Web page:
Despite being bigger and stronger, your 6-month-old puppy still requires plenty of rest each day. All that playing and exploring is hard work! Most puppies sleep for around 16 to 18 hours a day at 6 months old.
Make sure you let them squeeze in a nap after a walk or intense play session. Besides, while your pup is asleep, at least they’re not getting into mischief!
Additionally, your four-legged friend should be older enough to sleep through the night without needing any potty breaks. As a general rule of thumb, a puppy can hold their bladder one hour for every month of their age. So, a 6-month-old dog should be capable of going 6 hours without needing to eliminate.
Naughty Puppy Behaviour
A couple of common problems associated with 6-month-old puppies is disobedience and not coming back when called. The former usually results in a lot of young dogs being put in rescue centres, unfortunately.
It can be frustrating dealing with a puppy who won’t listen, but you need to keep up your training sessions (we keep reiterating this, but it really is important!).
Offer treats, games, or praise when your puppy is responsive and listens to your commands. Reward them after good behaviour so they associate it with a positive.
If your pooch isn’t returning to you when you call them back on walks, it could be because you’re not as appealing as the thing they’re sniffing, exploring, etc. You need to give your dog a reason to want to come back to you, whether it’s because you have a tasty treat or their favourite toy.
Between the ages of 2 to 6 months old, puppies are normally fed 3 to 4 times a day. During the adolescent stage, however, most dogs can drop down to 2 meals a day.
Some large breeds aren’t fully mature until 18 to 24 months old, so they may still need to be fed 3 or 4 times a day. If you’re unsure, check with your vet before you reduce your puppy’s feedings.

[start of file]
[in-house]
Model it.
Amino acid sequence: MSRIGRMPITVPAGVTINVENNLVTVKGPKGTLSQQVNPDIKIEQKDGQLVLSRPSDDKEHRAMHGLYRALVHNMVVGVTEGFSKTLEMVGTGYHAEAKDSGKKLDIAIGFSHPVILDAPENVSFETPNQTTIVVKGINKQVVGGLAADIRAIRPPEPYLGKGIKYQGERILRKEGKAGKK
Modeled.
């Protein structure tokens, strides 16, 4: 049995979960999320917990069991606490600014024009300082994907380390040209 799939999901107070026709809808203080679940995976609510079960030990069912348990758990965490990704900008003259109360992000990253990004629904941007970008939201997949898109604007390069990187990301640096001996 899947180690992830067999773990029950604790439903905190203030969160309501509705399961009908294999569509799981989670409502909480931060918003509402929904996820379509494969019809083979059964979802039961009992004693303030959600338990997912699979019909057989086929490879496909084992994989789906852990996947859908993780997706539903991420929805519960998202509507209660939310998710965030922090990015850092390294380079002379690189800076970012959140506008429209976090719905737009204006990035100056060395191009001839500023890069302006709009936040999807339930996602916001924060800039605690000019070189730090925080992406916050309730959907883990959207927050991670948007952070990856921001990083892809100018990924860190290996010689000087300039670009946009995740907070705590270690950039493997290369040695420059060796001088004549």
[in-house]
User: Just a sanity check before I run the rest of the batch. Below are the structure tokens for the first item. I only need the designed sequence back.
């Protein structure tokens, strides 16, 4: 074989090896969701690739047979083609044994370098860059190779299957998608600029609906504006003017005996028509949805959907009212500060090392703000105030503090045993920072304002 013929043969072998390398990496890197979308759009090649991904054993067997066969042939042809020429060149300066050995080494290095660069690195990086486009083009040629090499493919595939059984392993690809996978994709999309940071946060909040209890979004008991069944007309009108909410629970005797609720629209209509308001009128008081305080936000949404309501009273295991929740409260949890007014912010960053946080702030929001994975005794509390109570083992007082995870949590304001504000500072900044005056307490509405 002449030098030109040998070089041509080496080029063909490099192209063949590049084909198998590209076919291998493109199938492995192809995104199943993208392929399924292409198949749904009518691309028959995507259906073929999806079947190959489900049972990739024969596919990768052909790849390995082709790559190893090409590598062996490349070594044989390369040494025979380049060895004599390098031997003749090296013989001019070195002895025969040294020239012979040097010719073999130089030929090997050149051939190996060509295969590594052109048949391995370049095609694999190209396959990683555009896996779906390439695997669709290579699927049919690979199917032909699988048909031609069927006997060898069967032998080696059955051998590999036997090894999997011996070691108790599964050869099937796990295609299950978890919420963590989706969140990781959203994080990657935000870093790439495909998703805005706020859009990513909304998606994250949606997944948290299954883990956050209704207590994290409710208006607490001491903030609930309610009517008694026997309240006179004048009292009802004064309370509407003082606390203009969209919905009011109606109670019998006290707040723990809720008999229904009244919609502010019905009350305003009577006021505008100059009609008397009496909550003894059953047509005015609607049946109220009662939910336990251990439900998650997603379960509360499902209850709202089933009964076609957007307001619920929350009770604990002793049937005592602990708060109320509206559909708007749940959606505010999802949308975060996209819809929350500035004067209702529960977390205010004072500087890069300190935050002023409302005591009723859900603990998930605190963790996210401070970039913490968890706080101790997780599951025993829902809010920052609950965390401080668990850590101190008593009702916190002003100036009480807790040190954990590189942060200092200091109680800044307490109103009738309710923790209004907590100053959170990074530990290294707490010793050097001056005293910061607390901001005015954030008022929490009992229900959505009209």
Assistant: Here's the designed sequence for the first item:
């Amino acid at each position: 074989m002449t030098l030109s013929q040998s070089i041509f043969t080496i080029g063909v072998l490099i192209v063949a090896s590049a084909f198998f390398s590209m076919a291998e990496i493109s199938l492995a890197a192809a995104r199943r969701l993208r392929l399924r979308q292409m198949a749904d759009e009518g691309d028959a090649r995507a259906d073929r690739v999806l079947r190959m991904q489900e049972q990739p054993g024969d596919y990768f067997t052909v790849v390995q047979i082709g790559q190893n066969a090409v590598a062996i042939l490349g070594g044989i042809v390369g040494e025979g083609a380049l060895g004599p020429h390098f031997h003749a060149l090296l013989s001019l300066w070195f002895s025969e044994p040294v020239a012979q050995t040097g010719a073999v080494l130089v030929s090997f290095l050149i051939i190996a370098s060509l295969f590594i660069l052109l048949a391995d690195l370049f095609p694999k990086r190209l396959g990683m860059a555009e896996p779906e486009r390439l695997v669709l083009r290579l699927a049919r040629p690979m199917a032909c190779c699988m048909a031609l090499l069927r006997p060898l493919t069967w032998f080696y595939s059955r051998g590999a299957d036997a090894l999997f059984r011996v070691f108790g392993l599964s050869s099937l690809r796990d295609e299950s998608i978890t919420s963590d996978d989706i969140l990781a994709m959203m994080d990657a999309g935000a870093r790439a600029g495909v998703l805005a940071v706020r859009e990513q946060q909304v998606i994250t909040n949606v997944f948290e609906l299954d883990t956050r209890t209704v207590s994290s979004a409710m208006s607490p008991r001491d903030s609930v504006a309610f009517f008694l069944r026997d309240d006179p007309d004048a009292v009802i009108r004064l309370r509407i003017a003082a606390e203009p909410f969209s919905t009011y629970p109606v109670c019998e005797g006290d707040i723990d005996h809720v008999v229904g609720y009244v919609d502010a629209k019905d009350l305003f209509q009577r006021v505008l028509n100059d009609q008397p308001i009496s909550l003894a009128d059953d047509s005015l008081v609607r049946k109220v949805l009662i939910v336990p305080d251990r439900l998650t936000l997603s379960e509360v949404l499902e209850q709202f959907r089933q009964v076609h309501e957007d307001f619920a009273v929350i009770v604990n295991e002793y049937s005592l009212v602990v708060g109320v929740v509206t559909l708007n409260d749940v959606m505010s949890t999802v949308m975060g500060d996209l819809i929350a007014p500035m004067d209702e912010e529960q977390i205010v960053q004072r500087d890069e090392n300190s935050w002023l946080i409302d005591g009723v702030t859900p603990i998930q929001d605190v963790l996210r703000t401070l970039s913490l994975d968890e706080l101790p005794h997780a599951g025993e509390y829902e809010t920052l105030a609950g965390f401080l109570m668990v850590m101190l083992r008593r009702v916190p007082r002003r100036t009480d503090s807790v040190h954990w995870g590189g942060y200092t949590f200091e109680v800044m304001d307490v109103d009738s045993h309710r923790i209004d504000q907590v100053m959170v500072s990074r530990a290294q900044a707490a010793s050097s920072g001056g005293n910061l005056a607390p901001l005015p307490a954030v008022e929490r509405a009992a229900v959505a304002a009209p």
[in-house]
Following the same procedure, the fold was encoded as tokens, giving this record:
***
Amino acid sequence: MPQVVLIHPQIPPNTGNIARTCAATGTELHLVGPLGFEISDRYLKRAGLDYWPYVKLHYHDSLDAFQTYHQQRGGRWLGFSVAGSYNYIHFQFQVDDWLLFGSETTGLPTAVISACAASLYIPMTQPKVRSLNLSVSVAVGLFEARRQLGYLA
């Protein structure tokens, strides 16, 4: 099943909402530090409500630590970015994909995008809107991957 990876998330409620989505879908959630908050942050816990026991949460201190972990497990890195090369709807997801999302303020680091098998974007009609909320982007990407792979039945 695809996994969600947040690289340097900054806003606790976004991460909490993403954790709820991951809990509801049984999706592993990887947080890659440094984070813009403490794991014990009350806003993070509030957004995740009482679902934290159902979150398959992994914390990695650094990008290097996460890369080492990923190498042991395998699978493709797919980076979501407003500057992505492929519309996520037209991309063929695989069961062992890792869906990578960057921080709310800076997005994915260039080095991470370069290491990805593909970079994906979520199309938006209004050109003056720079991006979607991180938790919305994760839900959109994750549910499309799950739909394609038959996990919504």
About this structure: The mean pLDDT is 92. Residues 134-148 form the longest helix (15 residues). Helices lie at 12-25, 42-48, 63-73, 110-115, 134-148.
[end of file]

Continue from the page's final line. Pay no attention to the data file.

Although your puppy is almost an adult, they still have some growing to do. Continue feeding them puppy food to ensure they get all the nutrients they need.
At a year old, most canines can be moved onto adult dog food twice a day. Again, large and giant breeds may still require puppy food at this age as they take longer to develop than small and medium breeds.
6-Month-Old Puppy Socialisation
While the prime time to socialise your puppy is when they are 8 to 16 weeks old, that doesn’t mean you should stop socialisation altogether. It’s still crucial for your canine to explore their environment and be introduced to new things.
Keep meeting new people and going to new places, and allow your puppy to experience things they’re not used to. This will increase their confidence and shape the type of dog they become as they mature into an adult.
Remember, ignore undesirable behaviour and reward good behaviour. Dogs learn best through positive reinforcement.
For example, if your dog barks or acts frightened when they see a bicycle, don’t yell or punish them. Keep walking and continue subjecting them to the fear until they start to relax.
The first time your dog walks past a bicycle calmly, give them a lot of praise and a reward (seriously, make a song and dance of it!). Your pup is more likely to repeat an action if they know something good comes after it.
6-Month-Old Puppy Appearance
After reaching 6 months of age, your puppy will be nearing their adult height and weight. Small breeds will be almost fully grown, but they might retain a bit of their “lanky” puppy appearance until they fill out over the upcoming months.